In June 1823, James Cropper wrote to Zachary Macauley suggesting that his third veteran 'recruit', Thomas Clarkson should resurrect his 1788 tour of the country, this time to campaign for the total abolition of slavery. Cropper wrote the letter from Clarkson's own home. James Cropper then proceeded to subsidize Clarkson's tour of the United Kingdom to the sum of £500[10] (£65,000 in 2022 values). Cropper's sons, John and Edward, donated a further £100 each.
Cropper's radical proposals regarding Clarkson's tour may have brought him into conflict with the more moderate views of William Wilberforce, however on 26 October 1824, the Derby abolitionist Matthew Babbington wrote to Cropper and enclosed a letter that Wilberforce had sent him two days earlier. In this missive, Wilberforce empathised his support for Cropper regarding the direction that his revived campaign for slave emancipation should take.
In his letter to Babbington, Wilberforce wrote, "Good Cropper's proposal ... makes me love better, a man I already esteemed and loved."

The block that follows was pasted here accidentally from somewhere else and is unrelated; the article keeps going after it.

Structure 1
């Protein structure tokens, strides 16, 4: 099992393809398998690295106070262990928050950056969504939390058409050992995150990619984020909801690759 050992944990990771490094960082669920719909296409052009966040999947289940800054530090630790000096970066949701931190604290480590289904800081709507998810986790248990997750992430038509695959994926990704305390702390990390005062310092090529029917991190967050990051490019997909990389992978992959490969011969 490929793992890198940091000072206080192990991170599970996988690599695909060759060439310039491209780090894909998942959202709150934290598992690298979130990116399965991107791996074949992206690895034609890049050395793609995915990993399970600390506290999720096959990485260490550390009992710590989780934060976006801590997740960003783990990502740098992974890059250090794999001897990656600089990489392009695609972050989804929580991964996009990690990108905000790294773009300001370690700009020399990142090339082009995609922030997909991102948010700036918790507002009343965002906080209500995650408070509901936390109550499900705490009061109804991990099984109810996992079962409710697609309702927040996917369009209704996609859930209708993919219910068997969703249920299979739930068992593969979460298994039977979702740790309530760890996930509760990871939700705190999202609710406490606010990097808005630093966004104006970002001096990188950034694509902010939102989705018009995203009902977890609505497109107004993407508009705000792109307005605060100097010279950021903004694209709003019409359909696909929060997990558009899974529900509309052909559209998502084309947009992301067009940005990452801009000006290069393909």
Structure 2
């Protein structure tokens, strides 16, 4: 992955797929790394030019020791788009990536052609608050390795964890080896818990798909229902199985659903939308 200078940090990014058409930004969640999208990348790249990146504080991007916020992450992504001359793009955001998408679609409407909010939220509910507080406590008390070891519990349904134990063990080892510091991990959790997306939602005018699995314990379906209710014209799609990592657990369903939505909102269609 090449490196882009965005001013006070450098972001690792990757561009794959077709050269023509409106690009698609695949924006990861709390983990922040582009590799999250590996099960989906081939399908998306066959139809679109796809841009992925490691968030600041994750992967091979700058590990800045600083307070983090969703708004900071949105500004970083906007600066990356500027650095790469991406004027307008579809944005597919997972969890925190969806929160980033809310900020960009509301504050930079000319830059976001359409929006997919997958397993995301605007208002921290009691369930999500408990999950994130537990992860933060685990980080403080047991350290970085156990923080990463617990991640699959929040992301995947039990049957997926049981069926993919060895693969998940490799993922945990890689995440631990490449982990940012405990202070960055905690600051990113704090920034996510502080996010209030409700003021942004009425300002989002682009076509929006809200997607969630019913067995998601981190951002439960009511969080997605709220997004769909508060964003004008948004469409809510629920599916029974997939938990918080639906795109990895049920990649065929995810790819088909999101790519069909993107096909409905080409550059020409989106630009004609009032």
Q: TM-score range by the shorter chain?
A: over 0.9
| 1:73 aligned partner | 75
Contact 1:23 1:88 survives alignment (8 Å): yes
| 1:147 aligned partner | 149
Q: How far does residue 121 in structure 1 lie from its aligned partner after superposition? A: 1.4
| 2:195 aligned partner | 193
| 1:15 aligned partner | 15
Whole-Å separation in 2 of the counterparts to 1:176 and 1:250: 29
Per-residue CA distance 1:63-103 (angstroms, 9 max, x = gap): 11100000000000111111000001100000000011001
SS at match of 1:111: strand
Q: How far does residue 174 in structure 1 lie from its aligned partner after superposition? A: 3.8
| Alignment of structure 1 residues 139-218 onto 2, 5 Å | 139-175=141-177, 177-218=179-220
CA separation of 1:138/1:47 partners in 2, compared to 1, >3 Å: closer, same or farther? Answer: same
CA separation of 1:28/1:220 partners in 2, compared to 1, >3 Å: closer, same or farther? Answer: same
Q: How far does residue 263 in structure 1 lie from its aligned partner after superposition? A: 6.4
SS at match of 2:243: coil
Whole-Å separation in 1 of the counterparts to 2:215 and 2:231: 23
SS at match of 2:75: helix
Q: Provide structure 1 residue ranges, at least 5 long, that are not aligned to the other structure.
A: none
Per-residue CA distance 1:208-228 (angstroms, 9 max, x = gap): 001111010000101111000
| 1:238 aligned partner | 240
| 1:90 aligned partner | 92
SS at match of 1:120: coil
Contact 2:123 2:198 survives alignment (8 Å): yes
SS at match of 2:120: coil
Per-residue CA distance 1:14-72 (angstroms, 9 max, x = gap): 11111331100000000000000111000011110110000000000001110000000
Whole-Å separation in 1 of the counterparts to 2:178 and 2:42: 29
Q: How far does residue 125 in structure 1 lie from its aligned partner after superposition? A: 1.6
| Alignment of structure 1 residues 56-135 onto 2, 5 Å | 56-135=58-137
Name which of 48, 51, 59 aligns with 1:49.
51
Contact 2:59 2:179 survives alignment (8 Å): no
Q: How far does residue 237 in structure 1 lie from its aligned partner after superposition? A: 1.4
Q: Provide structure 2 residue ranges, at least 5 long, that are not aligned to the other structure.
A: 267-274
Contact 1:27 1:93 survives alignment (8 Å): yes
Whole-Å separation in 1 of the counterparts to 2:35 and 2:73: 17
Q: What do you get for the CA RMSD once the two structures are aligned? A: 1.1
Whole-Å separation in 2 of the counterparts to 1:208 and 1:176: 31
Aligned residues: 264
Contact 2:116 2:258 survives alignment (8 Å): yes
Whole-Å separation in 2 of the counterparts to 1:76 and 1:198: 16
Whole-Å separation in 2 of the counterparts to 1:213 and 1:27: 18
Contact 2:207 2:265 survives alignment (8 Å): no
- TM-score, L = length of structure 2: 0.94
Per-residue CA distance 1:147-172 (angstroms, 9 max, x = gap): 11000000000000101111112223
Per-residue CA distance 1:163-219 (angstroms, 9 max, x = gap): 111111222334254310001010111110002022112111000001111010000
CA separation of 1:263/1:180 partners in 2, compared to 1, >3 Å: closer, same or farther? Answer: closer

Clarkson and Cropper split the country between them, Cropper and others would spend four months touring around districts which already had existing anti-slavery societies while Clarkson would use his oratory and fame to convert new audiences around the country to the emancipation cause. Clarkson would remain as a key speaker of the society and devote much of his time to working with James Cropper and others in disseminating anti-slavery materials to the United States.

Joseph Sturge (1793-1859

The recruitment of Joseph Sturge[edit]
Cropper did not stop with the 'old abolitionists', and he recruited 'new blood' for his cause notably Joseph Sturge of Birmingham,[12] who Cropper personally mentored into becoming a radical abolitionist. In October 1825 Joseph Sturge joined forces with James Cropper who had been publicising the anti-slavery cause in the English midlands. Cropper and Sturge talked with leading citizens, held public meetings, gave speeches, and formed societies. Both Sturge and Cropper shared the same rural Quaker origins and Cropper had been impressed by the young Sturge's speeches at the annual London abolitionist meetings of 1823 and 1824. Despite the twenty-year age gap, the two would form a formidable partnership and lifelong friendship. In 1831 Joseph Sturge formed a partnership with James Cropper's son, John Cropper to form the Young England Abolitionists,[13] it was distinguished from other anti-slavery groups by its uncompromising arguments and vigorous campaigning tactics. Joseph Sturge would marry James Cropper's daughter Eliza[14] – so once again extending the influence of 'The Dingle Group' i.e. the extended Cropper family of abolitionists centred on Dingle Bank, south Liverpool.[2]